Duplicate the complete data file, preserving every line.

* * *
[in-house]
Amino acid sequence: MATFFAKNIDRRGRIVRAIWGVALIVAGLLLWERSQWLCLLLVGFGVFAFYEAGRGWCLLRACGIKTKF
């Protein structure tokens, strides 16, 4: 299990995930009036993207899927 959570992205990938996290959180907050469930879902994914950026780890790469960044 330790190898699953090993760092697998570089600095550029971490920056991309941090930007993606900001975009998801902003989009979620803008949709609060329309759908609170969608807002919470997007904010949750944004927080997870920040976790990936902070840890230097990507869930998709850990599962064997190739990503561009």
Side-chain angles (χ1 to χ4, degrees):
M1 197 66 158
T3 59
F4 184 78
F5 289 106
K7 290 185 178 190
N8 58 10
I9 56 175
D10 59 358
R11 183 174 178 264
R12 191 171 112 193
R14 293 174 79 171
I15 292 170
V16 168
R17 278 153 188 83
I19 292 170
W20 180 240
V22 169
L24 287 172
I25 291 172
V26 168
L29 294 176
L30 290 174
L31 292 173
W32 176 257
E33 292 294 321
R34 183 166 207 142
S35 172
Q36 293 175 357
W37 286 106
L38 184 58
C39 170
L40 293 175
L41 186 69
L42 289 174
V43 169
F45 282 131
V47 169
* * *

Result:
[in-house]
Amino acid sequence: MATFFAKNIDRRGRIVRAIWGVALIVAGLLLWERSQWLCLLLVGFGVFAFYEAGRGWCLLRACGIKTKF
């Protein structure tokens, strides 16, 4: 299990995930009036993207899927 959570992205990938996290959180907050469930879902994914950026780890790469960044 330790190898699953090993760092697998570089600095550029971490920056991309941090930007993606900001975009998801902003989009979620803008949709609060329309759908609170969608807002919470997007904010949750944004927080997870920040976790990936902070840890230097990507869930998709850990599962064997190739990503561009």
Side-chain angles (χ1 to χ4, degrees):
M1 197 66 158
T3 59
F4 184 78
F5 289 106
K7 290 185 178 190
N8 58 10
I9 56 175
D10 59 358
R11 183 174 178 264
R12 191 171 112 193
R14 293 174 79 171
I15 292 170
V16 168
R17 278 153 188 83
I19 292 170
W20 180 240
V22 169
L24 287 172
I25 291 172
V26 168
L29 294 176
L30 290 174
L31 292 173
W32 176 257
E33 292 294 321
R34 183 166 207 142
S35 172
Q36 293 175 357
W37 286 106
L38 184 58
C39 170
L40 293 175
L41 186 69
L42 289 174
V43 169
F45 282 131
V47 169